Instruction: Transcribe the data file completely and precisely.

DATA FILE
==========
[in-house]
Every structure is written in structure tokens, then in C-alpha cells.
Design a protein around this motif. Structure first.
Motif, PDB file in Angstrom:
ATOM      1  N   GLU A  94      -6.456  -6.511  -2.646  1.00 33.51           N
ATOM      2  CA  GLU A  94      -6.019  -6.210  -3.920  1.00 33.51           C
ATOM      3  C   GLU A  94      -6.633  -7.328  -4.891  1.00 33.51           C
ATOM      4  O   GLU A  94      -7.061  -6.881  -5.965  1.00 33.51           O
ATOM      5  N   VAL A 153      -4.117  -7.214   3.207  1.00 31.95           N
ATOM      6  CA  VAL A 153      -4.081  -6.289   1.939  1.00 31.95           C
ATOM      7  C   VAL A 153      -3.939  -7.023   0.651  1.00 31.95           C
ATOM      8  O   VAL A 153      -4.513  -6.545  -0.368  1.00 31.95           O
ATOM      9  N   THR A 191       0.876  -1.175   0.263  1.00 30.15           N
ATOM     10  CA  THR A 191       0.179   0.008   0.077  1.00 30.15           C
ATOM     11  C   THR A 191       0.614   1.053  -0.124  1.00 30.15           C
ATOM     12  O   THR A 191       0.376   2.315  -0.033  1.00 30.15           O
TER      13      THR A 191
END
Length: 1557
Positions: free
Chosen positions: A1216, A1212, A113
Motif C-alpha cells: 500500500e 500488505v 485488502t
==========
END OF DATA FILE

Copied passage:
[in-house]
Every structure is written in structure tokens, then in C-alpha cells.
Design a protein around this motif. Structure first.
Motif, PDB file in Angstrom:
ATOM      1  N   GLU A  94      -6.456  -6.511  -2.646  1.00 33.51           N
ATOM      2  CA  GLU A  94      -6.019  -6.210  -3.920  1.00 33.51           C
ATOM      3  C   GLU A  94      -6.633  -7.328  -4.891  1.00 33.51           C
ATOM      4  O   GLU A  94      -7.061  -6.881  -5.965  1.00 33.51           O
ATOM      5  N   VAL A 153      -4.117  -7.214   3.207  1.00 31.95           N
ATOM      6  CA  VAL A 153      -4.081  -6.289   1.939  1.00 31.95           C
ATOM      7  C   VAL A 153      -3.939  -7.023   0.651  1.00 31.95           C
ATOM      8  O   VAL A 153      -4.513  -6.545  -0.368  1.00 31.95           O
ATOM      9  N   THR A 191       0.876  -1.175   0.263  1.00 30.15           N
ATOM     10  CA  THR A 191       0.179   0.008   0.077  1.00 30.15           C
ATOM     11  C   THR A 191       0.614   1.053  -0.124  1.00 30.15           C
ATOM     12  O   THR A 191       0.376   2.315  -0.033  1.00 30.15           O
TER      13      THR A 191
END
Length: 1557
Positions: free
Chosen positions: A1216, A1212, A113
Motif C-alpha cells: 500500500e 500488505v 485488502t